The Honors Project in Africana Studies
The honors project requirement is adapted from the Bowdoin College honors project policy. A degree with departmental or program honors is awarded to students who distinguish themselves through advanced scholarship in the discipline. In Africana Studies, the successful honors project uses the intellectual and interdisciplinary tools of Africana studies to produce an exemplary project based on systematic reading, research, questioning, and reflection. The project can emerge from questions raised in a course, in an independent study project, or through a non-academic experience. The project will culminate in a substantial paper or creative presentation. The writing of an honors thesis does not automatically lead to the granting of honors. The level of honors will be conferred by the Africana Studies Program Committee when the final project demonstrates a significant degree of original research and/or theoretical creativity.
Permission to apply for an honors project in Africana Studies is reserved for students with distinguished academic records in the Program. Students who wish to pursue an honors project should consult with the Director of the Africana Studies Program and with the faculty member who might become the main advisor for the project. This should be done prior to the semester in which the project begins in order to ensure faculty availability. Students considering honors should expect to do preliminary research in the summer preceding their senior year.
Proposal Submission and Review:
By the end of the second week of classes in the initial semester of the proposed project, the honors candidate should present a 2-3 page written description of the proposed project to the Director of the Program and the faculty advisor. The Director, potential faculty advisors, and members of the Africana Studies Program Committee will review the project proposals and determine which students will be encouraged to pursue honors projects. The number of honors projects in Africana Studies in any given year is limited, and project proposals will be judged competitively. It is expected that honors projects in Africana Studies will number between 80 and 120 pages. Those students whose projects are determined not eligible for honors may be encouraged to continue their projects as intermediate or advanced independent studies for that semester.
Proposal format: The proposal must include a description of and rationale for the specific focus as well as the problem or question the work will consider; a description of the methodological and theoretical approaches the student expects to employ; and a discussion of how the proposed project fits in with existing scholarship. The proposal must have as an addendum, a preliminary annotated bibliography.
The project will be supervised by a committee of two faculty members, one of whom is a principal advisor and the other, a second reader, at least one of whom should be a member of the Africana Studies Program Committee or an affiliated faculty member. The second reader is chosen by the principal advisor in consultation with the student and the Director of the Africana Studies Program. During the two semesters that a student is working on an honors project, the Director is available for consultation with the student and with the faculty members directing honors projects. Faculty supervising an honors project should be kept informed of deadlines by the Director and must communicate with the Director about how the project is progressing. In this respect, the Director will have the same role in the project as that of a department chair.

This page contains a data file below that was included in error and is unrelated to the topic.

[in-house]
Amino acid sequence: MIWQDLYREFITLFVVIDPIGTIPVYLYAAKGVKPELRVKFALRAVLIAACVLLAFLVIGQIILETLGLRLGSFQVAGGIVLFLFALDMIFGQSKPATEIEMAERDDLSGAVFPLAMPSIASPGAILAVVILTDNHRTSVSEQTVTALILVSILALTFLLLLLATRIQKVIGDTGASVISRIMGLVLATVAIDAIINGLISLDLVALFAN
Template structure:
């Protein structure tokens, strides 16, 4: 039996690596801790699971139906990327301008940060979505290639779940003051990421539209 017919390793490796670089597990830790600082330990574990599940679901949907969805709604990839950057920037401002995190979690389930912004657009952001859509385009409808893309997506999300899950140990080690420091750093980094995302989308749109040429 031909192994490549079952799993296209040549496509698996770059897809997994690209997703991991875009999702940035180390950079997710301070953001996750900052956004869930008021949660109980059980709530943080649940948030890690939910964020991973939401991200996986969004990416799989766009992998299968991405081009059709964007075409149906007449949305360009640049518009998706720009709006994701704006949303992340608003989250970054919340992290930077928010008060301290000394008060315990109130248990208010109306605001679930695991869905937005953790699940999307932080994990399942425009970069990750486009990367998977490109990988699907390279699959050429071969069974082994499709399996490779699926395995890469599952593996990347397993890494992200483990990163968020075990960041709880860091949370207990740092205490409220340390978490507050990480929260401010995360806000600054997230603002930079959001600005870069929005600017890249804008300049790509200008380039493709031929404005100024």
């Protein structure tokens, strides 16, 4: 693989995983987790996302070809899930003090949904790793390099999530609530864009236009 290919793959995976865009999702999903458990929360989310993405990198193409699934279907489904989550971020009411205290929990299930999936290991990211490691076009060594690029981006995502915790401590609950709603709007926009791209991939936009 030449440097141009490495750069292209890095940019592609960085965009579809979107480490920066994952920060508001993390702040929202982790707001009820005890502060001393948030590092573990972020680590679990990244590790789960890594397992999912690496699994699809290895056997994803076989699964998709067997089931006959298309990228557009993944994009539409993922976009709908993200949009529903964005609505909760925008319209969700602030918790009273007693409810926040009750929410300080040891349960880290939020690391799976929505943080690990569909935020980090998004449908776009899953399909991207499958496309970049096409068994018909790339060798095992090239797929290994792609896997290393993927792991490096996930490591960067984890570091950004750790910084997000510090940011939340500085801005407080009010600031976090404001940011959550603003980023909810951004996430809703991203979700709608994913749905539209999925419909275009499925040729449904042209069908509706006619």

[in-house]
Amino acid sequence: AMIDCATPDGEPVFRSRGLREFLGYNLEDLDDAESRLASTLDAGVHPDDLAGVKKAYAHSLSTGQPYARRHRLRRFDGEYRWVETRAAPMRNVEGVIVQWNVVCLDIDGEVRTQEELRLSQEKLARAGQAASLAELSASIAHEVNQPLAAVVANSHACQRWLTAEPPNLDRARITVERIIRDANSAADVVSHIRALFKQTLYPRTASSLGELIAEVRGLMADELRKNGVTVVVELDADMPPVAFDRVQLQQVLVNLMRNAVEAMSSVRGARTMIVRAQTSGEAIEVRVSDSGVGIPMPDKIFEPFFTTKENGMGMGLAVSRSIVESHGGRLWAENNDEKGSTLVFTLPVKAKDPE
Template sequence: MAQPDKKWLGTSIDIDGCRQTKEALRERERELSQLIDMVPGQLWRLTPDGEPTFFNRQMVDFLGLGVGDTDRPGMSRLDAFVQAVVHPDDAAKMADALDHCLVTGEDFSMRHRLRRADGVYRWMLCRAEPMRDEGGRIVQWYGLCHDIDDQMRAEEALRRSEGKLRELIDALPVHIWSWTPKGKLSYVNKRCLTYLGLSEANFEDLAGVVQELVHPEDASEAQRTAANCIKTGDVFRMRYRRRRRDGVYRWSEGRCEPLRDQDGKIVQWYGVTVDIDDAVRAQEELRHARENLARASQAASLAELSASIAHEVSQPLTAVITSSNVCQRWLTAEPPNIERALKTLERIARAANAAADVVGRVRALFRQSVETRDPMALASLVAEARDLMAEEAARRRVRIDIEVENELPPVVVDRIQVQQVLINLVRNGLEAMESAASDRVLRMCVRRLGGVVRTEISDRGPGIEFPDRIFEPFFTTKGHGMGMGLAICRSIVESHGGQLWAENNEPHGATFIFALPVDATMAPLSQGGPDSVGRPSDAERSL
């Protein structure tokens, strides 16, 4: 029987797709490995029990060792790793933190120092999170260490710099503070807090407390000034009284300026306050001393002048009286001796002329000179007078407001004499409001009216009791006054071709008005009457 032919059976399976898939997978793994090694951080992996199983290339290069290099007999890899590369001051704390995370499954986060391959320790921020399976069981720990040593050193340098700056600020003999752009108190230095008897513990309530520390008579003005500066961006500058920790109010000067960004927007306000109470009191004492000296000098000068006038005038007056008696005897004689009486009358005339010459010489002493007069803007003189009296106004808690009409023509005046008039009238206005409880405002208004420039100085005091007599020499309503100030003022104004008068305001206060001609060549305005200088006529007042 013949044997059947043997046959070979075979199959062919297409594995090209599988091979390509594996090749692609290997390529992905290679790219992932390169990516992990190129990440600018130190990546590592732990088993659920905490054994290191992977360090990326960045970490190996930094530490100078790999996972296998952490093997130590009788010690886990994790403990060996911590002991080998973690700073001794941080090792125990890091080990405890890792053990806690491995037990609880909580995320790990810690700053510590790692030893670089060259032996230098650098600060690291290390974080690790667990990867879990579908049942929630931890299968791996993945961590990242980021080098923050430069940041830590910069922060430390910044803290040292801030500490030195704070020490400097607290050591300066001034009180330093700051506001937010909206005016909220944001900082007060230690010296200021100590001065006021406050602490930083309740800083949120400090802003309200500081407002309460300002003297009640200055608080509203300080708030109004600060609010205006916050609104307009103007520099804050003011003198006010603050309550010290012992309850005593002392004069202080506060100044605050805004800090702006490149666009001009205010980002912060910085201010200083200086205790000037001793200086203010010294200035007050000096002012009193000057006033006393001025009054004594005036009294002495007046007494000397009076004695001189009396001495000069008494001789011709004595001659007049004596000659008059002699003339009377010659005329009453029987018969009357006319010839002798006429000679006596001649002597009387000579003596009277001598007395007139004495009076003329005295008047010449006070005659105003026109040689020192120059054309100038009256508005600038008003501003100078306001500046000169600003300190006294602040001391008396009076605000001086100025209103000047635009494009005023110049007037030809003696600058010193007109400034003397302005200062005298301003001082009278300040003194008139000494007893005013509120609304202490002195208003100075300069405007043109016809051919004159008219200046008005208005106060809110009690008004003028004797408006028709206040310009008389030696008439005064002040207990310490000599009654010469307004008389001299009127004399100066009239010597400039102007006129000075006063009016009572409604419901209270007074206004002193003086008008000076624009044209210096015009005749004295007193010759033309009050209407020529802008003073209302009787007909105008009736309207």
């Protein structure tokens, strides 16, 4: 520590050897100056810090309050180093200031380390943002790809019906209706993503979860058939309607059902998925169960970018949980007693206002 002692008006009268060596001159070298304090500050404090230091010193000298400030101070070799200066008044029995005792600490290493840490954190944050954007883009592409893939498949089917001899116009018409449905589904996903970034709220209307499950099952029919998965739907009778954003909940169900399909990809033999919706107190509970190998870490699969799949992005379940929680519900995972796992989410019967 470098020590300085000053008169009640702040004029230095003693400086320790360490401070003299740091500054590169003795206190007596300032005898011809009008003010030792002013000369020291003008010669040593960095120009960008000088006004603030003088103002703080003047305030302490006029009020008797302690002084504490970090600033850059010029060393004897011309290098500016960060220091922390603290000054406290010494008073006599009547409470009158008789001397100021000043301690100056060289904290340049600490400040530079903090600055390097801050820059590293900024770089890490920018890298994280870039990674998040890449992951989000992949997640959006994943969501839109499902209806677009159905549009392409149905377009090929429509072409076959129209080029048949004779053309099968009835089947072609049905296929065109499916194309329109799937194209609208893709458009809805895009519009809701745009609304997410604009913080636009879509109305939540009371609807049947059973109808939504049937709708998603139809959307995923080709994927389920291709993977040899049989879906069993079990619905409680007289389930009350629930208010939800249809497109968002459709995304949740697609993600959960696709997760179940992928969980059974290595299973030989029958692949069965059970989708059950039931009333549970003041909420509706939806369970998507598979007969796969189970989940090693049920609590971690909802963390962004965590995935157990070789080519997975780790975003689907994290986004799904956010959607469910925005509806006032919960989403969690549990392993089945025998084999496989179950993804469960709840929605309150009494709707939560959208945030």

Project Phases and Deadlines:
The honors project advising committee will determine the project’s feasibility at the end of each phase. Failure to meet deadlines will result in the project’s downgrade to an independent study if work is satisfactory, or disqualification. Click here for the 2013-2014 Honors submission schedule.
Phase 1 begins early in the fall semester, with the presentation of the prospectus to the advising committee, who determines the viability of the project moving forward.
Phase 2 requires the submission of the 1st chapter to the advisor. A draft of 2ndchapter and an outline of the 3rd will be due at the end of the semester.
Phase 3 begins in the spring semester. A draft of the entire project is due to the advisor in early March and involves feedback from the advisor and final revisions, and culminates in the submission and defense of the entire honors project to the honors committee in early May.
The student will present a 15-minute colloquium on her or his findings and conclusions, including the evolution of the student’s thinking about the project as it was carried out in an open forum, with members of the honors committee, program committee, and majors and minors in Africana Studies in the audience. This colloquium is followed by questions posed by the audience. The project advisor may suggest additional changes as a result of discussion at the colloquium, and the program’s decision about conferring honors may be influenced by student performance during this colloquium.
The final recommendation of the student’s advisors and the honors committee determines whether program honors are to be awarded. The Africana Studies Program does not distinguish levels of departmental honors. The grade for the independent study is determined by the student’s principal advisor, in consultation with the second reader.
Submission to Hawthorne-Longfellow Library:
Theses should be typed in conformity with official college instructions and delivered to the Hawthorne-Longfellow Library. Complete information of all of the library requirements can be found at http://library.bowdoin.edu/services/services-for-honors-students/